Stuart Moore has been working in comics in a variety of ways for decades. He was an editor at DC Comics, where he was one of the founding editors of the Vertigo imprint, overseeing books like Swamp Thing, Jonah Hex, Preacher and Hellblazer, before working on DC’s Helix imprint, where he oversaw Vermilion, The Black Lamb and Transmetropolitan, before working on the Marvel Knights imprint, overseeing Alias and Fantastic Four 1234. He’s written books like Firestorm with Jamal Igle, Namor: The First Mutant and The 99. He also adapted Brian Jacques’ Redwall, and created projects like Earthlight, Lone, Giant Robot Warriors and Para.
Right now Moore is working at Ahoy Comics, where he’s not just working behind the scenes, but also writing books for the company. Those books include Captain Ginger, the first season of which wrapped up last month, and Bronze Age Boogie, which launches in April. That’s in addition to writing a story for Ahoy’s Free Comic Book Day issue coming out in May, and one story in June’s Steel Cage One Shot. The titles are all very different kinds of stories that feature collaborations with talented artists doing some of the best work of their careers.
Somehow Moore found a few minutes to answer my questions.
How did you first come to comics?
I answered an ad! I was a book editor, and DC wanted someone from outside comics to work in Karen Berger’s department, which became Vertigo a couple of years later. That’s the short, dingus answer. The true answer is that I’d been reading them all my life. I think Howard the Duck got me through age 15.
I started writing in earnest in the early 2000s, and I’ve been fortunate enough to work on a mix of company- and creator-owned characters. I love writing Deadpool or Firestorm, but there’s nothing quite like brewing up your own universe from scratch.
How did you end up working at Ahoy Comics?
Tom Peyer, the editor-in-chief, is an old friend of mine. They asked me to pitch in and consult at first, help out a bit. Then Ahoy’s Publishing Ops person, Sven Larsen, got snapped up by Marvel! So I wound up doing a bit more behind-the-scenes work, in addition to my writing.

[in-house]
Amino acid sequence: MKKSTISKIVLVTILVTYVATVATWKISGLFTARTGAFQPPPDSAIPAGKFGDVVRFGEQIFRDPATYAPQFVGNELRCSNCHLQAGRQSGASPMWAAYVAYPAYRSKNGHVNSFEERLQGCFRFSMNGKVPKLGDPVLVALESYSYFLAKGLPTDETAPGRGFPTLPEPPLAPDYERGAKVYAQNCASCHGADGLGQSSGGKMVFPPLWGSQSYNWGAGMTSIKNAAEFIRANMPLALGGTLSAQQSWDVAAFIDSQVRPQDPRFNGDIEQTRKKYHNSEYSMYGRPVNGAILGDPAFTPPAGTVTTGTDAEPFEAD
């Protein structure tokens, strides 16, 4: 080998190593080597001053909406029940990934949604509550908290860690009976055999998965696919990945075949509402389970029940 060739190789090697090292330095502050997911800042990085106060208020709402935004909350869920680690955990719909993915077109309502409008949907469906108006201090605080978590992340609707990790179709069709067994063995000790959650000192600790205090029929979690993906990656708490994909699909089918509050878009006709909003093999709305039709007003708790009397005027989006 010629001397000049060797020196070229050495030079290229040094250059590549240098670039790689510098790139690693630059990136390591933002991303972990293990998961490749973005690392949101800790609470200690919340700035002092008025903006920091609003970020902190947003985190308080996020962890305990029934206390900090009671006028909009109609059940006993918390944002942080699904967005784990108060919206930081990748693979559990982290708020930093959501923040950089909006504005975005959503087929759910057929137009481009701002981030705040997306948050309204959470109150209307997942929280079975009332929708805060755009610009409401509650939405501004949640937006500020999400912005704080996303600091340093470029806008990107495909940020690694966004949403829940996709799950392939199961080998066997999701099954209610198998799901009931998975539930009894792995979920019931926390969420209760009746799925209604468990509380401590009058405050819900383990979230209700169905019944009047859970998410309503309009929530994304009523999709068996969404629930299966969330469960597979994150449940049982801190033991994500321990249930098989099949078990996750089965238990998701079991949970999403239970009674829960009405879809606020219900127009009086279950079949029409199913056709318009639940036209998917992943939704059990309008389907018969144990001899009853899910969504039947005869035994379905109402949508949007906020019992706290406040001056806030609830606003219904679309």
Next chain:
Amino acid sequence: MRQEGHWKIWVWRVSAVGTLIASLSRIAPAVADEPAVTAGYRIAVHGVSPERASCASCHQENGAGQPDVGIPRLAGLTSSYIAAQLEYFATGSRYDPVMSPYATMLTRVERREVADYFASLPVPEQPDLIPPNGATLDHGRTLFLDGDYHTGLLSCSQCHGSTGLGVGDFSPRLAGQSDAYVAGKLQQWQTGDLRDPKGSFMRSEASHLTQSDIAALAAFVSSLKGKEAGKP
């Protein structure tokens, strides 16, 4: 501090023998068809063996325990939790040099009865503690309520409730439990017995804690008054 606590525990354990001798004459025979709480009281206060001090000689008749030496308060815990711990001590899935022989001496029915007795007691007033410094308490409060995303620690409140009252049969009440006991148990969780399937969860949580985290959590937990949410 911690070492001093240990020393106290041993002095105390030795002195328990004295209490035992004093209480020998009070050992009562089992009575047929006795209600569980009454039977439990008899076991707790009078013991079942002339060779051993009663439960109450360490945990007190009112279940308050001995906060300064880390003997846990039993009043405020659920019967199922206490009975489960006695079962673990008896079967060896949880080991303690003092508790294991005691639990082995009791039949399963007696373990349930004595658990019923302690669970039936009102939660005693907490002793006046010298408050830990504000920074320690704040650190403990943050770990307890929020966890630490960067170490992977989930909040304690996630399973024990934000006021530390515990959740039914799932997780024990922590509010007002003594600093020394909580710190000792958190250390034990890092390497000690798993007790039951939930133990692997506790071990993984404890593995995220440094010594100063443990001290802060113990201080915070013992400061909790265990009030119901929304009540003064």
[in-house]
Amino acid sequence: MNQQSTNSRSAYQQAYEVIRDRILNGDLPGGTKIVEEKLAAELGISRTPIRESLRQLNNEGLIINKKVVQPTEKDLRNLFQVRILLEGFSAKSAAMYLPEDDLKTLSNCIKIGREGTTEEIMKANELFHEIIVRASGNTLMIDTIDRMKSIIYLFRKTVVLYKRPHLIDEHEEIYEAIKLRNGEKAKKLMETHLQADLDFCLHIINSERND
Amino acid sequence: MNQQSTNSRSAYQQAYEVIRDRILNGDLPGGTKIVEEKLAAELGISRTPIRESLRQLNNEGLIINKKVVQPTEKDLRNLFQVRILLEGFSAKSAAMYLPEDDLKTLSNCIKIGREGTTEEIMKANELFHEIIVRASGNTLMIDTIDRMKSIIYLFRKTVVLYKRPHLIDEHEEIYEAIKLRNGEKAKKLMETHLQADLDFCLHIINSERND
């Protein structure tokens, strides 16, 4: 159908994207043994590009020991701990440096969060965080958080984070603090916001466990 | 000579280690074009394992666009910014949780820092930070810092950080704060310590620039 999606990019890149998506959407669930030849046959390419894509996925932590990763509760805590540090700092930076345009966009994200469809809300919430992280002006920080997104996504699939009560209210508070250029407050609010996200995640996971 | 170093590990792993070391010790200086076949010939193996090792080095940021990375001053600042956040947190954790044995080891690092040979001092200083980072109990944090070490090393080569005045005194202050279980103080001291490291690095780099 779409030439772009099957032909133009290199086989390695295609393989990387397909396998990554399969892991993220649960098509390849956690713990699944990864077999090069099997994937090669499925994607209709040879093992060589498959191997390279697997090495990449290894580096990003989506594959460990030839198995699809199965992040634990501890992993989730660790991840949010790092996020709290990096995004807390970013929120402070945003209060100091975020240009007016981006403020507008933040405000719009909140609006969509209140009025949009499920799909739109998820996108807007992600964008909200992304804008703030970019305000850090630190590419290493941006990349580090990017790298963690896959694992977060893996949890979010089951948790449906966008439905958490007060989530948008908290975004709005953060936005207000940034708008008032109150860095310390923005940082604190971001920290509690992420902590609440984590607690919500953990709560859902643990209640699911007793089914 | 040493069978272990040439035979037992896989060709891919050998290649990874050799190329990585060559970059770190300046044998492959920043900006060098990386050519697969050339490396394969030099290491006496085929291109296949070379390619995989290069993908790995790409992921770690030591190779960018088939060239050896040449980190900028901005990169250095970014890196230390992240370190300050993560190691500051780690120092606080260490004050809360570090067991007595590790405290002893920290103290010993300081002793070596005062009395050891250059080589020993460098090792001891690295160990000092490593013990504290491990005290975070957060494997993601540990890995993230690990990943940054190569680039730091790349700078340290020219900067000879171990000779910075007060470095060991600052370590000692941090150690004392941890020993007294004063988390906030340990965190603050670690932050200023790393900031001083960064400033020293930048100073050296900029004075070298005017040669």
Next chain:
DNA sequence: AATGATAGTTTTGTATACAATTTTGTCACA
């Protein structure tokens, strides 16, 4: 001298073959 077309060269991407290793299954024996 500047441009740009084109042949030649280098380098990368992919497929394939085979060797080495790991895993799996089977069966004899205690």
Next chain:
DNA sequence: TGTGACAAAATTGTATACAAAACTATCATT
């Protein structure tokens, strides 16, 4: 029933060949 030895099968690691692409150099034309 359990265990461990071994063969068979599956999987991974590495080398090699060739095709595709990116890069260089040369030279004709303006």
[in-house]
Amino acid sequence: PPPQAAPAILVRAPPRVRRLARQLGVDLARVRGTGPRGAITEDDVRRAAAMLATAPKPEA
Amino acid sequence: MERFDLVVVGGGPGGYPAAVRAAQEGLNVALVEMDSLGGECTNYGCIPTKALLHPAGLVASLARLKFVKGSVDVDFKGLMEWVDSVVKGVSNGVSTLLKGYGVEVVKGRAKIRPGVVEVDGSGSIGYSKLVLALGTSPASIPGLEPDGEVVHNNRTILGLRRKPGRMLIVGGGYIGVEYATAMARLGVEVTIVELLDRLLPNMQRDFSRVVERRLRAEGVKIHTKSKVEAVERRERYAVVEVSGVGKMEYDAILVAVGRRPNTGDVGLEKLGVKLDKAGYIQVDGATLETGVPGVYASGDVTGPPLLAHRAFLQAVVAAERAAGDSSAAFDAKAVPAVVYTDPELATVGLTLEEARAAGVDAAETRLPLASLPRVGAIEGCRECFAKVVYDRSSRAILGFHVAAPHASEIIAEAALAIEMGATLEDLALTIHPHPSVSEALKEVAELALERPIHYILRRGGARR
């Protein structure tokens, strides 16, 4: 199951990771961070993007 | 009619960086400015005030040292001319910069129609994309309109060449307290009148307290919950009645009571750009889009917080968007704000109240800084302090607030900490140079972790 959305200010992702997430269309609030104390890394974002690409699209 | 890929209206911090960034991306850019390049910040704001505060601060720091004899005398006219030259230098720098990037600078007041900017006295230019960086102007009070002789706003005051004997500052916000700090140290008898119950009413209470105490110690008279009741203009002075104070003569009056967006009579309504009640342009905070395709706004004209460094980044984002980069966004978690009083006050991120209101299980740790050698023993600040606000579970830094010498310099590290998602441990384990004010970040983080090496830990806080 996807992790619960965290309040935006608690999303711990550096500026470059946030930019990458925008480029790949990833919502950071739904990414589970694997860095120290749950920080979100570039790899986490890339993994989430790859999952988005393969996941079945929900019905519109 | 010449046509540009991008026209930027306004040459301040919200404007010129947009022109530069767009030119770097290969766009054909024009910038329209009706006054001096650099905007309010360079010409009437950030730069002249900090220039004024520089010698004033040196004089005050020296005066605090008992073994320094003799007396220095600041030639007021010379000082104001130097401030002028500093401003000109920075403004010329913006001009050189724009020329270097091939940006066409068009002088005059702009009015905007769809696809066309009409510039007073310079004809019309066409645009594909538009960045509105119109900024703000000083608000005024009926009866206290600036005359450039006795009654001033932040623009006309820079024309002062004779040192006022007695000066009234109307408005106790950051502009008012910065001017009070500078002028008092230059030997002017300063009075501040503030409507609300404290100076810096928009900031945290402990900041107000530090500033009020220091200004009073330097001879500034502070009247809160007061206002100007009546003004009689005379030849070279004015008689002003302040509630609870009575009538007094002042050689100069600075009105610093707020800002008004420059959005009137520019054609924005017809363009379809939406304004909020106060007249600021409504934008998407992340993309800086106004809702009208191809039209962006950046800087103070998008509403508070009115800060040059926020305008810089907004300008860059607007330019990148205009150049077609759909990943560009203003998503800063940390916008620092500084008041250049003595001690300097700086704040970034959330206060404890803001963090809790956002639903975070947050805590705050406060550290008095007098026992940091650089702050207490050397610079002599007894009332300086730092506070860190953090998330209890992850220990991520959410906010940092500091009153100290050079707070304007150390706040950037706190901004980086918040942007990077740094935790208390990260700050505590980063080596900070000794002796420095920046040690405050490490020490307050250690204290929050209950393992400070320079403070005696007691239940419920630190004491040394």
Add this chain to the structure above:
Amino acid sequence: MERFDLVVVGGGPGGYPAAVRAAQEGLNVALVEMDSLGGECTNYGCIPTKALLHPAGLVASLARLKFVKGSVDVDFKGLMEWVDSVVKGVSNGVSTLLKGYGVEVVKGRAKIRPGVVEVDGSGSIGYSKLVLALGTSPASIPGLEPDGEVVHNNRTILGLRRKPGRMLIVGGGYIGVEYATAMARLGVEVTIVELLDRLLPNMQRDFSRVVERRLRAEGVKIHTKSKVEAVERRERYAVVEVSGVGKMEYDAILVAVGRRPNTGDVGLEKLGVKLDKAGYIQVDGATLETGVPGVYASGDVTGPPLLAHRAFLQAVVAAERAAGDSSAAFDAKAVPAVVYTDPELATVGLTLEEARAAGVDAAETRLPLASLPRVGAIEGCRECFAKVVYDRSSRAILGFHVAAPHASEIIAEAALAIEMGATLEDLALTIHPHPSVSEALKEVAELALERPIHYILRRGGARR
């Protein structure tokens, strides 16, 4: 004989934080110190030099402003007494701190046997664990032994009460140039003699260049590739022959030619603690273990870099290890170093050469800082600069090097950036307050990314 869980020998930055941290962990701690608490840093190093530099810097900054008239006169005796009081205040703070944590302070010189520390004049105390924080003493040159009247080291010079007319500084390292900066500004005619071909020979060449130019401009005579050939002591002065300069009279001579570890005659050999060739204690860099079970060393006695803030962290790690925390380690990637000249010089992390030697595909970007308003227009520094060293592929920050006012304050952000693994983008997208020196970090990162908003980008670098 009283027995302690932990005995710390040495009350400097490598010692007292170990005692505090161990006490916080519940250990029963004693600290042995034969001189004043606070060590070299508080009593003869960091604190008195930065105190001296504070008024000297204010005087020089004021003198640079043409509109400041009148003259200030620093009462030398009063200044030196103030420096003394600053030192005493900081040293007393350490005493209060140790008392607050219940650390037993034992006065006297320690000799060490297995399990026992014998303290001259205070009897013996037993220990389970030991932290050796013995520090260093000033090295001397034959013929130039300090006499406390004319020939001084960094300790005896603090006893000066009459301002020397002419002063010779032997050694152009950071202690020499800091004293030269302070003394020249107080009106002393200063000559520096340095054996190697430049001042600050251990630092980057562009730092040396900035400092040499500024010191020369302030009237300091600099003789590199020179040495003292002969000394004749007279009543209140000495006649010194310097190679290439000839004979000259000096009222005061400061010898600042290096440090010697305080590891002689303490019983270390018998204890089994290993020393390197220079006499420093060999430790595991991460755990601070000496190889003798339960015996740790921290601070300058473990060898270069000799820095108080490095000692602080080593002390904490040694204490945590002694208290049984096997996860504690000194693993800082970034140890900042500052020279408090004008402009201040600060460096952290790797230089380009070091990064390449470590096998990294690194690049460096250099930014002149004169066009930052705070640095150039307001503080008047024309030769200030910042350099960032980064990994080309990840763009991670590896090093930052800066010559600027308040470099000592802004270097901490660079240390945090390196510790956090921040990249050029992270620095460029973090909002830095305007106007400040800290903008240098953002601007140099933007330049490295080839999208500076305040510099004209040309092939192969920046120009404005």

Your first miniseries at Ahoy just wrapped up. What is Captain Ginger, for those who missed it?
Captain Ginger is about a starship with a 100% feline crew. It’s also sort of about the self-destruction of humanity. With lots of cat jokes.
The idea sounded fun when it was announced, but you also make it clear very quickly that they’re cats. They may be smarter and flying in space ships, but they’re cats. Which is one way to take a very serious existential tale of survival in space and add comedy. But you’ve written a number of sci-fi and adventure stories over the years. What did you get to do here that is something new that you wanted to do?
I love cats. I’ve almost always lived with them. They’re arrogant, selfish creatures, but very, very loving, too. I wanted to see what would happen if they had just a tiny bit more self-awareness, and were placed in a situation where they had to cooperate in order to survive.
I also created the series specifically for June Brigman. June and I have worked together before, and I know of her love for cats. I think she and Roy Richardson, her husband, have 10 of them right now. Her artwork is classical, elegant and straightforward, but I also knew she could depict cat emotions and movement better than anyone in the field.
There’s a lot of visual humor in the series. Cats in the background and kittens playing everywhere. How much of that was in the script and how much of that is Brigman throwing a few more cats into the background of scenes?
It was definitely a mixture. I came up with most of the main gags – the cats jumping at lights on the screen, the way their eyes work, that sort of thing. But June kept drawing more and more of them in the background—especially all the little cats that the big cats are petting or shooing away while they’re trying to fight off enemy ships or keep the atomic pile from blowing. That wound up contributing to the world-building, the whole way the cats operate together and how they’ve evolved.
June Brigman and Roy Richardson are busy drawing Mary Worth seven days a week, but you announced that there is a second miniseries in the works. Is there anything you want to say about what you have planned or things you didn’t get to do in the first series?
Oh yes, quite a lot. The last page of issue #4 points the way to the second series…it’s meant as a teaser for what’s coming next. The second series—we call them seasons, at Ahoy—will be six issues long, and quite traumatic for some of our characters.